Wednesday Words – Finger Pointing
August 21, 2019
Pastor Paul Cannon

If you remove the yoke from among you, the pointing of the finger, the speaking of evil, if you offer your food to the hungry and satisfy the needs of the afflicted, then your light shall rise in the darkness and your gloom be like the noonday.

-Isaiah 59:9b-10

This upcoming Confirmation year we will be teaching our 6th-8th grade students about Luther’s Small Catechism. Even though this book was originally published in 1529, I can’t help but think that maybe it was written for 2019, because when I read it, it still feels as relevant as ever – and in some ways maybe more so.

It’s Luther’s explanation of the 8th Commandment (You shall not bear false witness against your neighbor …. in case you didn’t have it memorized!) that is ringing in my ears this morning. It says we are not to tell lies, betray, slander or destroy the reputations of our neighbors.

But more than that, Luther says we ought to “come to their defense, speak well of them, and interpret everything they do in the best possible light.” I can’t say that I always do that. Come to think of it, I fail at this standard daily

When framed in that way, the 8th Commandment is pretty convicting isn’t it? We live in a finger-pointing society – a practice Isaiah cautions against – and it’s rare to hear an admission of guilt or honest self-reflection anymore. But as God’s people, we are always be called to point the finger inward, which is something we did at the ELCA Churchwide Assembly in Milwaukee this year.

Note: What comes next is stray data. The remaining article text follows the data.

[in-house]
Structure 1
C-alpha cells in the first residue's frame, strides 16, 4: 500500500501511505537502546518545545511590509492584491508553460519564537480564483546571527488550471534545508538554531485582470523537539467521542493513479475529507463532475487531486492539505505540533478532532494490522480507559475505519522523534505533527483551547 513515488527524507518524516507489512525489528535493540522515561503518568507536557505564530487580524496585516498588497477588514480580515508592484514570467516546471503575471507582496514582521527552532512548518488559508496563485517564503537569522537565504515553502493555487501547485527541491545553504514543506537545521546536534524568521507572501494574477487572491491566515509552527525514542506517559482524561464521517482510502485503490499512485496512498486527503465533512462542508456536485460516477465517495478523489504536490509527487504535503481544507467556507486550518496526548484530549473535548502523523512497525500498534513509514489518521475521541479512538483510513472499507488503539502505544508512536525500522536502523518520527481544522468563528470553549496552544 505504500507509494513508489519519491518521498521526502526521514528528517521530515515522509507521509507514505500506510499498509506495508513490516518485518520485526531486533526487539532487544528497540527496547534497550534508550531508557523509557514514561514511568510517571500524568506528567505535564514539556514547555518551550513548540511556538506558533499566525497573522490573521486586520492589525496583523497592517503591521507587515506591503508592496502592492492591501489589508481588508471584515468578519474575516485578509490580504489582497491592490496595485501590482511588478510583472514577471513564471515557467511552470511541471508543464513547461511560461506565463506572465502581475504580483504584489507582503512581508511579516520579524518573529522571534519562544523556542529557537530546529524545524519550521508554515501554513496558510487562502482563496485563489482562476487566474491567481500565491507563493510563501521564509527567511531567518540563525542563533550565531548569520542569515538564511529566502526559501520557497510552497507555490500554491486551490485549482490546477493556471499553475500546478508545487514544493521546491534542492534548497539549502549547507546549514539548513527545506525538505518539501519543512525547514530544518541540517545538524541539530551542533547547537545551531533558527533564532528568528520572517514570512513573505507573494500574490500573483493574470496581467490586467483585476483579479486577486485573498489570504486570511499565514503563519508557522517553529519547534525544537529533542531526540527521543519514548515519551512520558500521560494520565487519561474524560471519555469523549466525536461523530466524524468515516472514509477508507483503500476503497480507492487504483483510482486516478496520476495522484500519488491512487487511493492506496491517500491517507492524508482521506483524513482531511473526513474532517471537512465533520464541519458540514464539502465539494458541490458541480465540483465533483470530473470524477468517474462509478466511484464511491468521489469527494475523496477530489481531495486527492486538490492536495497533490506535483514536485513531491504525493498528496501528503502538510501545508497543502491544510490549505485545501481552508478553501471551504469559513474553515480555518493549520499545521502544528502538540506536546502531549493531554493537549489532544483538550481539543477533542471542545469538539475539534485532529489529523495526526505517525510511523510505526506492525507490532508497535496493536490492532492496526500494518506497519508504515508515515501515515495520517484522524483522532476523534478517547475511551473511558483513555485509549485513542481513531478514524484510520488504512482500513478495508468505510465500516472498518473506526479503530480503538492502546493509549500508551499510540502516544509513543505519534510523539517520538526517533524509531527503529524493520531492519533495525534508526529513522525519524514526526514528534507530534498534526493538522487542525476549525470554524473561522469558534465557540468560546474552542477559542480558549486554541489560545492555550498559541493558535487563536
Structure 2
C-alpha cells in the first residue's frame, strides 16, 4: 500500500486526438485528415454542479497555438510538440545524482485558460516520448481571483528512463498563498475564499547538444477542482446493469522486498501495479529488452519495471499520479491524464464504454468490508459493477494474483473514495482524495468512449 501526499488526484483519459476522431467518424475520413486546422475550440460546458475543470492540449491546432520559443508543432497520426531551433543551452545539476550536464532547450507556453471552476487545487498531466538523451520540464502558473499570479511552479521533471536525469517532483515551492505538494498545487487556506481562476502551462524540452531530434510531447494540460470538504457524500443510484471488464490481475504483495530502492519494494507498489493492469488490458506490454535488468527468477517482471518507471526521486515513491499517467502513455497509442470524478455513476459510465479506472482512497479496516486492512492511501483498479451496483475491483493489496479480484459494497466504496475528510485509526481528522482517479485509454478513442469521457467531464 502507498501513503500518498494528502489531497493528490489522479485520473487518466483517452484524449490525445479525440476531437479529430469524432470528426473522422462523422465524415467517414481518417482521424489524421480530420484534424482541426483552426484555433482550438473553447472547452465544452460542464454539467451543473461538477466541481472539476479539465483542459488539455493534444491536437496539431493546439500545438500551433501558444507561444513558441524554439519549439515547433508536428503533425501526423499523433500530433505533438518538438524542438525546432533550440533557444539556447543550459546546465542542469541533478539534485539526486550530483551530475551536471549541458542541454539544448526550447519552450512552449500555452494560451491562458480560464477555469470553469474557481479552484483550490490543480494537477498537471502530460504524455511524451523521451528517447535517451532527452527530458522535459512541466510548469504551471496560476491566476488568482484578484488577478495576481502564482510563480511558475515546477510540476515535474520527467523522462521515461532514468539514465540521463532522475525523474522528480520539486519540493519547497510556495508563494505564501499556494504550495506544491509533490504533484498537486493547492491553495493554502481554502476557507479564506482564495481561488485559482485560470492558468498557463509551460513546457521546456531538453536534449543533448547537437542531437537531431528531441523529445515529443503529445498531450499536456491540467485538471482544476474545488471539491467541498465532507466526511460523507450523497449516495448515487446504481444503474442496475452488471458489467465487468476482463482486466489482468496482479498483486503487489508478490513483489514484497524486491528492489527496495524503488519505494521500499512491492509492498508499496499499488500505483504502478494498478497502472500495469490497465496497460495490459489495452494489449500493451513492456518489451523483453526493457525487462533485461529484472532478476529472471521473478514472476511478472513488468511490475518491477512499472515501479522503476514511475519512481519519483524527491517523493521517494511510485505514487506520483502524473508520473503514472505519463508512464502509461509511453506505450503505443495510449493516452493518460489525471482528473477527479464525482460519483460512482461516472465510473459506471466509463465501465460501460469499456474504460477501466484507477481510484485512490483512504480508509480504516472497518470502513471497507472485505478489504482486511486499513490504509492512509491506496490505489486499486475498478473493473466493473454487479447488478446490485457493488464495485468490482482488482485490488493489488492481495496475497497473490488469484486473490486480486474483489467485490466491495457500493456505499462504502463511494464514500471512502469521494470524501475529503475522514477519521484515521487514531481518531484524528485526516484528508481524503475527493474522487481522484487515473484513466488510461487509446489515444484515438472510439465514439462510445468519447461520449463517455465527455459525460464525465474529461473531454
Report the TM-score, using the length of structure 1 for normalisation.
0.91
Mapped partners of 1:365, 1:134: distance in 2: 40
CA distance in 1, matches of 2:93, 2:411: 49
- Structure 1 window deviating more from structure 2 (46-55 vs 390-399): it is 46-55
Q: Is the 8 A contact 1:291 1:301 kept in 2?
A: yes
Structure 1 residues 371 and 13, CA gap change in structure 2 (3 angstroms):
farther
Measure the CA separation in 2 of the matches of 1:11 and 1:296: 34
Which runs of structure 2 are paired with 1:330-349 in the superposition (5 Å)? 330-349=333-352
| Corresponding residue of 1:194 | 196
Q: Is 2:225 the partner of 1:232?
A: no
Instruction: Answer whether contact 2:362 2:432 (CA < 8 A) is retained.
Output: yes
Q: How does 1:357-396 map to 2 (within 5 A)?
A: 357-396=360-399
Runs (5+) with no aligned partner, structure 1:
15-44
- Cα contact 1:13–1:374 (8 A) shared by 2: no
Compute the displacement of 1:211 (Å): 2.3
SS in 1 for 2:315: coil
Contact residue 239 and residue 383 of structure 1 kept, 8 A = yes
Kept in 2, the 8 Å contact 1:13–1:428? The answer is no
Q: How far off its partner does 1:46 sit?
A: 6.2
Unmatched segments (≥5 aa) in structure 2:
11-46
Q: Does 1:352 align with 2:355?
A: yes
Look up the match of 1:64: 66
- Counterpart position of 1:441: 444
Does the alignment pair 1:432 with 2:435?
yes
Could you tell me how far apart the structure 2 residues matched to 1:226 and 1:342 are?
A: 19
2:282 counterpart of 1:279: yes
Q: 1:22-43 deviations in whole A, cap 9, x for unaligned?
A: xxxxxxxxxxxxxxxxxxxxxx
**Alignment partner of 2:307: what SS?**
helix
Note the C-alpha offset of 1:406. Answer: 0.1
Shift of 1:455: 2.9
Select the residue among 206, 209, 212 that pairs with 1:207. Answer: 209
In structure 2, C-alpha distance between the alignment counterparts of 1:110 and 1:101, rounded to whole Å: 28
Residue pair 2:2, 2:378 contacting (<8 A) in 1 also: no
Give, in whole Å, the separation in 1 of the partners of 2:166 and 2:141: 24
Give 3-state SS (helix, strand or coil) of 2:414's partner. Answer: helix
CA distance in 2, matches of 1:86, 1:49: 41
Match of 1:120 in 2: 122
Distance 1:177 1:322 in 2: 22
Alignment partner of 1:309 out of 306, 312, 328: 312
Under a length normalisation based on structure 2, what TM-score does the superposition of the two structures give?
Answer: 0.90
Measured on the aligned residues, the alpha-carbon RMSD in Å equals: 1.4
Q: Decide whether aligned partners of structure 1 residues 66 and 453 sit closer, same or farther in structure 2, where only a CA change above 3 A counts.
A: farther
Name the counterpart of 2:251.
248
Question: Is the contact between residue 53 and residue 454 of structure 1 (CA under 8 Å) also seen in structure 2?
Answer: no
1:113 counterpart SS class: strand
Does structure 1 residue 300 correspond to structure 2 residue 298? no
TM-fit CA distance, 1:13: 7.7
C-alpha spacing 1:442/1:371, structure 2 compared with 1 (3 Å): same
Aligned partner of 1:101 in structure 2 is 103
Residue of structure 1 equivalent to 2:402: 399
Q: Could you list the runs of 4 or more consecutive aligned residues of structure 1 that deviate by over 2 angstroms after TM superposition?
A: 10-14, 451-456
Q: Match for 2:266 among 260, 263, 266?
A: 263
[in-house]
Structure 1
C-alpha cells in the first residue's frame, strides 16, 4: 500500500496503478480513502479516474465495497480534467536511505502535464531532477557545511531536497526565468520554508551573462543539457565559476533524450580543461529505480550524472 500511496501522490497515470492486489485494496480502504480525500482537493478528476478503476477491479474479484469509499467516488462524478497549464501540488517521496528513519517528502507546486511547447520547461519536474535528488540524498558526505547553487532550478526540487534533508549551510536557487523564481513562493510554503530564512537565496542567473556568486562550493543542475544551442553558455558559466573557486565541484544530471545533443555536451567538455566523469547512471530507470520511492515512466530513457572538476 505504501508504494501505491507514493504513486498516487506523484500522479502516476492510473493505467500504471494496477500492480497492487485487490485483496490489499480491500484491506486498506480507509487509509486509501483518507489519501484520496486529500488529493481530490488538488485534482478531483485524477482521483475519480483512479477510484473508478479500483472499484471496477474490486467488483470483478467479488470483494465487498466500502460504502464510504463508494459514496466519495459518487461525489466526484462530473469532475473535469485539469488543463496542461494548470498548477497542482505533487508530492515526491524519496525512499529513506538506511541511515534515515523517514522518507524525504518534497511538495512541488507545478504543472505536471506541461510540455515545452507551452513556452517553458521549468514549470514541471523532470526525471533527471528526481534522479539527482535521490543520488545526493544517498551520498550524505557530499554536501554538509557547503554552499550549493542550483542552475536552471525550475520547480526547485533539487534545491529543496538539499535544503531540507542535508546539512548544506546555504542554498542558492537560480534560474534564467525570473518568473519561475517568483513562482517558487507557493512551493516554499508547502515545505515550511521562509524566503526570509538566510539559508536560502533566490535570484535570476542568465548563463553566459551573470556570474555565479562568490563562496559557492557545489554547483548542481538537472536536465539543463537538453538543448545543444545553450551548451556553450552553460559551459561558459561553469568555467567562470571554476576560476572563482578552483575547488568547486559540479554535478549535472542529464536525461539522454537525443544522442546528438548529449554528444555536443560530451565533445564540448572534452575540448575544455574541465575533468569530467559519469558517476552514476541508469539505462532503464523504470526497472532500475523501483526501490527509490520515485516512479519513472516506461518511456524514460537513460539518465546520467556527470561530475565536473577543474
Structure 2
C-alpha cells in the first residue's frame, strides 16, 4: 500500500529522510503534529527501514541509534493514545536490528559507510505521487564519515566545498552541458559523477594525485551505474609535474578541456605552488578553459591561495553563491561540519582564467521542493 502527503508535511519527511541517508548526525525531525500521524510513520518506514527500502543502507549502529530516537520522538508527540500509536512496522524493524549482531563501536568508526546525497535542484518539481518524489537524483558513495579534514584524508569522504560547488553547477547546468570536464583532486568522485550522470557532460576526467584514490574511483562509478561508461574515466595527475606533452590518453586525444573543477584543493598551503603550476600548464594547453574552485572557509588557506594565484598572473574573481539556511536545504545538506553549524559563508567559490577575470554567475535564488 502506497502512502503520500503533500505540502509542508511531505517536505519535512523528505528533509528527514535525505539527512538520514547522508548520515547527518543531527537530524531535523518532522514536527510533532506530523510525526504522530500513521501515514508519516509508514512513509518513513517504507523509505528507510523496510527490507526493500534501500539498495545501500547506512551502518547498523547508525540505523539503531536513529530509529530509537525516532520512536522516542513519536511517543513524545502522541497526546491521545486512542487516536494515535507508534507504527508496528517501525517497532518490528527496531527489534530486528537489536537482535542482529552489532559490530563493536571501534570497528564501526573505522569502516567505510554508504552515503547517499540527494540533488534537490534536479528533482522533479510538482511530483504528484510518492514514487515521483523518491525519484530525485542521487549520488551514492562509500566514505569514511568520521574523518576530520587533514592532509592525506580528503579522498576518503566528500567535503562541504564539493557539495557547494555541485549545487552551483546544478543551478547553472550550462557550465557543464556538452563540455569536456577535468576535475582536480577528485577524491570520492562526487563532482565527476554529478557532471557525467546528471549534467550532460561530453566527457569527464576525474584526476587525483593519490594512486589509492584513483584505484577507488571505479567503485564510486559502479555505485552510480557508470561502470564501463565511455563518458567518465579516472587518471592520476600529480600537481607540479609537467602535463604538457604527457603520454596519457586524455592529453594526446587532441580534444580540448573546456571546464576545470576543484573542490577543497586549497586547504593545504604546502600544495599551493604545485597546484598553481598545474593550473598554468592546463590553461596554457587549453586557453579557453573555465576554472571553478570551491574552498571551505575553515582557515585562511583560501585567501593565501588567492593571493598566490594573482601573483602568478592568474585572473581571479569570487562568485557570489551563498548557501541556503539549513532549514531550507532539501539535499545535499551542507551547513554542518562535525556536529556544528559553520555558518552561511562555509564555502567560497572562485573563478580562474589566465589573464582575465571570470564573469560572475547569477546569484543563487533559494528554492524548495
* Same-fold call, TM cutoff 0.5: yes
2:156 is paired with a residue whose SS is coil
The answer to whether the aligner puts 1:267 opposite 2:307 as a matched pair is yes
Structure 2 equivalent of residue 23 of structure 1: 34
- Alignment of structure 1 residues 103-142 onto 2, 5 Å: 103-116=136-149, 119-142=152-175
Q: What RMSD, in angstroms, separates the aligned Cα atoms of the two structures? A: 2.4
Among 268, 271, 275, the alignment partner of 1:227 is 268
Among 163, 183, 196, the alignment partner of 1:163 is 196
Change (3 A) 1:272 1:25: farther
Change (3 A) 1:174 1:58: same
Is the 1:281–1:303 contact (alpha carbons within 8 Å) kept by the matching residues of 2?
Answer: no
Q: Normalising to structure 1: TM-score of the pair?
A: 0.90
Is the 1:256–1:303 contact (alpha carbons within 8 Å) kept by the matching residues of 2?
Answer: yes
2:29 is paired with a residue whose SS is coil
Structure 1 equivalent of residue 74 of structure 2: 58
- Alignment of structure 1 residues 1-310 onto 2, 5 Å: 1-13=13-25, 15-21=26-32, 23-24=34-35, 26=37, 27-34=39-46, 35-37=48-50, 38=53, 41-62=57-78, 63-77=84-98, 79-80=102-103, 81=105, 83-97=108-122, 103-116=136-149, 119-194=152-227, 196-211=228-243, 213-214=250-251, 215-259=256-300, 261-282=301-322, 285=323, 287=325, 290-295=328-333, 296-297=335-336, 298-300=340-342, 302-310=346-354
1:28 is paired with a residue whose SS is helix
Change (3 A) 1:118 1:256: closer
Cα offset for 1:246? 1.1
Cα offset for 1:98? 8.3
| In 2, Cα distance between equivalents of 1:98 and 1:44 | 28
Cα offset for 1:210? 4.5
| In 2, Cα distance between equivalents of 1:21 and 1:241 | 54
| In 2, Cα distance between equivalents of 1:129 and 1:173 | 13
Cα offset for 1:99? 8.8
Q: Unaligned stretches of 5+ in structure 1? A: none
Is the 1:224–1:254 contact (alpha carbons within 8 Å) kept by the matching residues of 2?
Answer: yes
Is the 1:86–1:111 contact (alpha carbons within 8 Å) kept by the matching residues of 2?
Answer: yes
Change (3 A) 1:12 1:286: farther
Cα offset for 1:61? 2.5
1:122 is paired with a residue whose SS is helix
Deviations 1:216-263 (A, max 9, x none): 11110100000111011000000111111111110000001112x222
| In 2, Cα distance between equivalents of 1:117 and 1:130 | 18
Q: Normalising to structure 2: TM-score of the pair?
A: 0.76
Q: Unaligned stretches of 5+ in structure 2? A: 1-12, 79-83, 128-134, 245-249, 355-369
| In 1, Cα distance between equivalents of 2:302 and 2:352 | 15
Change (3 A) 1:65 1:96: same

A little over two weeks ago, I found myself headed up to Milwaukee for the ELCA’s Churchwide Assembly (think of it like the Bethany annual meeting, multiplied by a thousand). Together, the assembly conducted the business of the church: we re-elected the Bishop and elected a new secretary, we passed resolutions and memorials, we celebrated the 50th anniversary of the ordination of women and 10th year of the ordination of LGBTQI+ people.

After reflecting on the week, what I’m most proud of, is our church’s willingness to point the finger at itself, confess its own sins, and seek reconciliation moving forward. As a church, we issued an apology to people of African descent for the church’s role in slavery and racism. We created a commemoration day for the Emmanuel AME shootings four years ago, where an ELCA Lutheran killed nine members of a historically black church. We declared the church to be a sanctuary body, meaning that we will strive to find ways to walk with our immigrant neighbors. We issued statements on sexism and inter-religious commitment.

We didn’t just say we were against something and we didn’t point fingers (unless it was at ourselves). We didn’t blame a political party or ideology for the ills of society. We committed to taking action and doing something about it.